Physically active women less reliant on pain meds for headache
A cross-sectional study by the German Migraine and Headache Society reports a lower use of analgesics among physically active women prone to headaches vs physically inactive counterparts.
The analysis was based on data from a random general population sample of 2,477 people aged 14–94 years. Over a third of respondents (39 percent) reported headache during the previous 6 months. Women reported headache more often than men (47.8 percent vs 29.8 percent; p<0.001). [Pain Ther 2022;doi:10.1007/s40122-022-00362-4]
Acute treatment of headache was assessed by asking participants, ‘‘How many days a month do you use analgesics on average?’’ and physical activity was surveyed with the dichotomous question, ‘‘Do you exercise regularly [ie, on average at least 2–3 times a week for 30 minutes or longer]?’’. Participants were categorized as physically active if they answered ‘‘yes’’ and as physically inactive otherwise.
Of the participants without headache, 42.6 percent were physically active vs 35.1 percent in the headache group (p<0.001). “While persons without headache showed a significant sex difference in physical activity [men, 47.4 percent; women, 36.5 percent; p<0.001], men and women with headache were comparably physically active [men, 37.5 percent; women, 33.6 percent; p=0.225],” noted the researchers.
Of participants with headache, 43.3 percent reported taking analgesics on <2 days a month, 40.7 percent on 2–5 days a month, 10.1 percent on 6–10 days a month, and 5.9 percent on >10 days a month. The frequency of analgesic use differed significantly for sex and physical activity (p<0.001 for both), with lower frequency of analgesic use among men vs women (mean days a month, 2.71 vs 4.25) and physically active vs inactive participants (mean days a month, 2.99 vs 4.05).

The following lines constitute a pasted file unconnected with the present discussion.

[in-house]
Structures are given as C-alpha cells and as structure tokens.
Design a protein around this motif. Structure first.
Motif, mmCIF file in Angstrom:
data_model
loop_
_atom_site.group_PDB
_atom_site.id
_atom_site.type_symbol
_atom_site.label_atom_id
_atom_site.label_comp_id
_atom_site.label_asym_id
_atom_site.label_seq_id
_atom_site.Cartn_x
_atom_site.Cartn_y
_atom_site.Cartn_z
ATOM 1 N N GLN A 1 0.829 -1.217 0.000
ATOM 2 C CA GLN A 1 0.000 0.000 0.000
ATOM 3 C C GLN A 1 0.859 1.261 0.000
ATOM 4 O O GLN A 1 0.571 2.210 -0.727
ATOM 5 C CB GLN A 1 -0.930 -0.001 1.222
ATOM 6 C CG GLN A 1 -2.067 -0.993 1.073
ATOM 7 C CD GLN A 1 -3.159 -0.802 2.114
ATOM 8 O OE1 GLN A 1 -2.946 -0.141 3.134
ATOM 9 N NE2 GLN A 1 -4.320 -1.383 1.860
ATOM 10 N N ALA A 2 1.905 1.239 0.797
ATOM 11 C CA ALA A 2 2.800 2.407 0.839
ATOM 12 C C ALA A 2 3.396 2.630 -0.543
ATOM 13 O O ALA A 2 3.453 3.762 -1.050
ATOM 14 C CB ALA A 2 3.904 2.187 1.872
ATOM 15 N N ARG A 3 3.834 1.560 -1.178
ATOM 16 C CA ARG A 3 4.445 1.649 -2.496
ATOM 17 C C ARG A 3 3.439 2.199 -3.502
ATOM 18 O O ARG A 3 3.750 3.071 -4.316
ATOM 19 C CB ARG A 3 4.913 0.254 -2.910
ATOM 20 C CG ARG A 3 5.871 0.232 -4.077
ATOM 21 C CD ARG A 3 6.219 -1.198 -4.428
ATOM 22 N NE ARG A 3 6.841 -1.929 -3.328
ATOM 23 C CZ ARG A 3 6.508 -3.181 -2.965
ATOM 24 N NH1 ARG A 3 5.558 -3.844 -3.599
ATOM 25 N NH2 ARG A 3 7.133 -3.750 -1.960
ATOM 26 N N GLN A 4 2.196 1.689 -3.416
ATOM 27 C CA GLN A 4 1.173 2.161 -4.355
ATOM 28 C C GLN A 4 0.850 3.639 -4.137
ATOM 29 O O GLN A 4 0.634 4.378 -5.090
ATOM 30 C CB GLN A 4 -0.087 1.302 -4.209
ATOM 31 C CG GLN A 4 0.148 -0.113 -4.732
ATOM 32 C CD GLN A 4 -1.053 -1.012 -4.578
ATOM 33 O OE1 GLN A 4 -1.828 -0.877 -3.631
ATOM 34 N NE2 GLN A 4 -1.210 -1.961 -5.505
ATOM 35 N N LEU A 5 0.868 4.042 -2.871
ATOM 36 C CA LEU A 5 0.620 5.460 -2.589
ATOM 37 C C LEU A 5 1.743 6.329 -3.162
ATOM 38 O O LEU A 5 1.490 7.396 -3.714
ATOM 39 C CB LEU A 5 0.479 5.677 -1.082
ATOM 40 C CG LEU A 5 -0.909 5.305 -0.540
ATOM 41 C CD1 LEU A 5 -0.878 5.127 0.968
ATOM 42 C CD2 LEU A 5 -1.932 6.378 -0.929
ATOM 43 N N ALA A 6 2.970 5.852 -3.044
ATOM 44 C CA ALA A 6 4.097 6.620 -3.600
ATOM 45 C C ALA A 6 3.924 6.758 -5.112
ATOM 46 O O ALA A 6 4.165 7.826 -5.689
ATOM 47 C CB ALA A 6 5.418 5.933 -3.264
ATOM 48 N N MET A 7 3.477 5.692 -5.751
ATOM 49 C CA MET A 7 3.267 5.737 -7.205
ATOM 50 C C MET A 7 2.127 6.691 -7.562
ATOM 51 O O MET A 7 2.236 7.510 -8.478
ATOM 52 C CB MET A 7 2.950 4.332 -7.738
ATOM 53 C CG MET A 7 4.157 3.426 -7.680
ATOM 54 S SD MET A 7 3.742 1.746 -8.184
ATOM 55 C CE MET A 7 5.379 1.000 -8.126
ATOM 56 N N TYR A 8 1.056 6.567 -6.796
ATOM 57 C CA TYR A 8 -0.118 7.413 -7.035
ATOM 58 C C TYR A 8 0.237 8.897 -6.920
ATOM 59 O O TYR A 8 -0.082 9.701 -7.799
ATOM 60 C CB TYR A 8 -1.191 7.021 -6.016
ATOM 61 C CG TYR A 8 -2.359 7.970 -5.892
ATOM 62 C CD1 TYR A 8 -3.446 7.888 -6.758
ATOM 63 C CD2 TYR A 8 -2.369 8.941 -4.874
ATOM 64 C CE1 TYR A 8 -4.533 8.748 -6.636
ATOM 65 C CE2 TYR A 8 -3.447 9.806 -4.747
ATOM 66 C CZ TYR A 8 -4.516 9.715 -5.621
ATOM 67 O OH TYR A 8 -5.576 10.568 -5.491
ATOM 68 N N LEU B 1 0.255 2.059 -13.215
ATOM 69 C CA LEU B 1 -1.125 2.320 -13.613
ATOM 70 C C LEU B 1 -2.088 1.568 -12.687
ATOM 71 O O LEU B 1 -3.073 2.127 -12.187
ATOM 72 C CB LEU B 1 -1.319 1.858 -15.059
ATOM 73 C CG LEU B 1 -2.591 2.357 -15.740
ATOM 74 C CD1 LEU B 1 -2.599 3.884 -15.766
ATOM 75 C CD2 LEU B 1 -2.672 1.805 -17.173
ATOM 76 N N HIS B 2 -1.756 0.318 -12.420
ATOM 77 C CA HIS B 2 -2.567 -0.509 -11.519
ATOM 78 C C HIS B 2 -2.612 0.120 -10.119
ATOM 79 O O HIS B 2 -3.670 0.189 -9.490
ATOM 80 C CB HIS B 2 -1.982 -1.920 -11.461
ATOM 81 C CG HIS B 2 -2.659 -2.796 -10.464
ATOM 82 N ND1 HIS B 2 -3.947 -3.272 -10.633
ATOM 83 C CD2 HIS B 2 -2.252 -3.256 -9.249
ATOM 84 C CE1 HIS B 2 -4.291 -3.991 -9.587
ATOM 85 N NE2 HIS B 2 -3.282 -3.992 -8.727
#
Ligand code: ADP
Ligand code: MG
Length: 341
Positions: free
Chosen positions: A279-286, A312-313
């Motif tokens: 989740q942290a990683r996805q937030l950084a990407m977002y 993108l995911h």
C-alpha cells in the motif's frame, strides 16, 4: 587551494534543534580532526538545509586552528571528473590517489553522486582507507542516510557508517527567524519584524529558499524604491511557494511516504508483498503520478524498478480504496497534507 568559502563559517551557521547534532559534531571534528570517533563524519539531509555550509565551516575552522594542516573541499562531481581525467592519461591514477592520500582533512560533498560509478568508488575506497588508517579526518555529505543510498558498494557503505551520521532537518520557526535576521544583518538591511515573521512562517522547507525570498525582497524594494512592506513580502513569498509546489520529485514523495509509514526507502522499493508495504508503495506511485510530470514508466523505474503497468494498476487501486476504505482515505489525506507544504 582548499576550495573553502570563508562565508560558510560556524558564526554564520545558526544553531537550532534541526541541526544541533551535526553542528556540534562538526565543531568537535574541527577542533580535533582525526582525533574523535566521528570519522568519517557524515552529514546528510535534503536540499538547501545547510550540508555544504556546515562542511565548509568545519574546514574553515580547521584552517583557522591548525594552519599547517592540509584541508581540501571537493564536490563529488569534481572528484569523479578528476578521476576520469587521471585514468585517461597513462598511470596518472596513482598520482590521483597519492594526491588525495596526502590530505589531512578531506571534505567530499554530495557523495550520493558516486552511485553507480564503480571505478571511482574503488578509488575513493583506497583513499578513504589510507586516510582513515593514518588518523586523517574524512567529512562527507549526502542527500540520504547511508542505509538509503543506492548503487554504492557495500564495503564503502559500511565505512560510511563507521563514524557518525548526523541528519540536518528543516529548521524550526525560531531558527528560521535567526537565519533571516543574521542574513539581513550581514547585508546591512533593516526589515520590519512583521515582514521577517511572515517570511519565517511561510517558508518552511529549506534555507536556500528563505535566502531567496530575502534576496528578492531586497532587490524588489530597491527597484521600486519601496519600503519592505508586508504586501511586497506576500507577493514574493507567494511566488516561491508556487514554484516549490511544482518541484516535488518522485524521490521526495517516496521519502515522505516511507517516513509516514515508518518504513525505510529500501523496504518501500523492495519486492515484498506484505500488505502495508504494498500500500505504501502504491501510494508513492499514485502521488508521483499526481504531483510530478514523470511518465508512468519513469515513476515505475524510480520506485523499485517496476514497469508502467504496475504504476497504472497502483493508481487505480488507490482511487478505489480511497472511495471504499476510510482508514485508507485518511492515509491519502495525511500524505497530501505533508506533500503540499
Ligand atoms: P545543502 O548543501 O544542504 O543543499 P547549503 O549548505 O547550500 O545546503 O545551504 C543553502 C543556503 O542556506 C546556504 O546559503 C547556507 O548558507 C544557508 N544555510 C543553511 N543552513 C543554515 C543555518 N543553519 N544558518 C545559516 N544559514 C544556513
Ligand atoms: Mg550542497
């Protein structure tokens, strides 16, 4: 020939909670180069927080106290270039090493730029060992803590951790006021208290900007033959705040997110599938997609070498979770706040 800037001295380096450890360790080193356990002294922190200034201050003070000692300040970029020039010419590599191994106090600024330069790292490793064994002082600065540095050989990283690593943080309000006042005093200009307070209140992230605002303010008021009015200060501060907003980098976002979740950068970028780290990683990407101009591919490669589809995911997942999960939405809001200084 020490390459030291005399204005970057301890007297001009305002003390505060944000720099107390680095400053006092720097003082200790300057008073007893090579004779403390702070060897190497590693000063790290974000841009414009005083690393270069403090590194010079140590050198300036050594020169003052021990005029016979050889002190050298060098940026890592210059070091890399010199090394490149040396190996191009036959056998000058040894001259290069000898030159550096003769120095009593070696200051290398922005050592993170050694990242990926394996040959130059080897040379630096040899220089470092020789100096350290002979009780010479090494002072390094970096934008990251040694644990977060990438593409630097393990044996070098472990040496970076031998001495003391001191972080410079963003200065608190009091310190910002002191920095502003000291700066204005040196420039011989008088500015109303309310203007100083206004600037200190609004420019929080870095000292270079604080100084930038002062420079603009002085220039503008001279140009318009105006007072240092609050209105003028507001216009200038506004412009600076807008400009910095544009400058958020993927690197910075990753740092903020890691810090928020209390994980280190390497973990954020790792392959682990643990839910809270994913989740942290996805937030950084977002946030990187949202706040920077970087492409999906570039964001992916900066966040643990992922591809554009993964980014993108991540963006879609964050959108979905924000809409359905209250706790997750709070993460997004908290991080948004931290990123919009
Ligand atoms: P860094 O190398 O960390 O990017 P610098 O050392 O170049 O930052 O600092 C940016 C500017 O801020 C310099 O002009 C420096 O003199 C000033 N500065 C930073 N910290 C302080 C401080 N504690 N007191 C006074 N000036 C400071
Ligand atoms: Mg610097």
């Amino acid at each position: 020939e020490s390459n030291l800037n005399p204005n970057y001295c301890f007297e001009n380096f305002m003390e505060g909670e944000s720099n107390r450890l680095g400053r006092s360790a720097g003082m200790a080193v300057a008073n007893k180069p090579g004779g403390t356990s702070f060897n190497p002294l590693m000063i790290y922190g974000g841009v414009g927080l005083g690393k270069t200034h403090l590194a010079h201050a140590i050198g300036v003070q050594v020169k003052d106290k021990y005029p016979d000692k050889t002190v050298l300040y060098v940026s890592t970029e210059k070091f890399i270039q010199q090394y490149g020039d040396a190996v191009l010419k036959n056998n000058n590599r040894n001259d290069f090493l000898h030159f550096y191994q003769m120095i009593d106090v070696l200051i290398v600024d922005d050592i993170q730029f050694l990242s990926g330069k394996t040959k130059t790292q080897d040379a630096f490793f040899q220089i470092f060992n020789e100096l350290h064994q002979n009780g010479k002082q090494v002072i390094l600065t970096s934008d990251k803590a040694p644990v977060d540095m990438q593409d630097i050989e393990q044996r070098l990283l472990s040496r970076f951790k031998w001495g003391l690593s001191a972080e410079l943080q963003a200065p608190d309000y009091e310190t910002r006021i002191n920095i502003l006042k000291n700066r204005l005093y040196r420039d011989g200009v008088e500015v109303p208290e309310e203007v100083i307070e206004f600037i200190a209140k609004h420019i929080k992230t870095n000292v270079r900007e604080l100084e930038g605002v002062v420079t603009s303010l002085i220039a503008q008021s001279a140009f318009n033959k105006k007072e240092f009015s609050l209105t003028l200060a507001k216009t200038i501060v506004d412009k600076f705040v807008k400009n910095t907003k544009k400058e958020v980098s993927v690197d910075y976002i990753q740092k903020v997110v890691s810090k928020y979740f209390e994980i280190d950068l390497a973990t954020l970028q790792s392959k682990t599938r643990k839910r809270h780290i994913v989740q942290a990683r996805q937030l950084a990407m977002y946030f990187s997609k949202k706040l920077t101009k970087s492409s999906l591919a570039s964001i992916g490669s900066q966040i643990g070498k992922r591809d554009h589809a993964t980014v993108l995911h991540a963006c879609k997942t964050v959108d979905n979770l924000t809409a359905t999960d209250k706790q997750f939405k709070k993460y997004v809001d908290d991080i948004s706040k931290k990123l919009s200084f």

“Subordinate analysis of variance revealed that this effect was only driven by women, as analgesic use differed significantly between physically active and inactive women [p<0.001], but not in men [p=0.500],” highlighted the researchers. “Unlike men whose mean number of analgesic use days was the same regardless of physical activity, physically active women took analgesics on fewer days vs physically inactive women [mean days a month, 3.17 vs 4.79]. Furthermore, significant associations between physical activity and less frequent use of analgesics were observed both in women with migraine and women with headache other than migraine.”
In women, the statistically significant association between physical inactivity and higher analgesic consumption remained significant even after controlling for age, marital status, headache frequency, headache impact, headache duration, migraine, obesity, and depression. “Women with high analgesic use should be educated about the solid evidence on physical activity being of prophylactic value in headache management and, in addition, about the risk of medication overuse,” advised the researchers.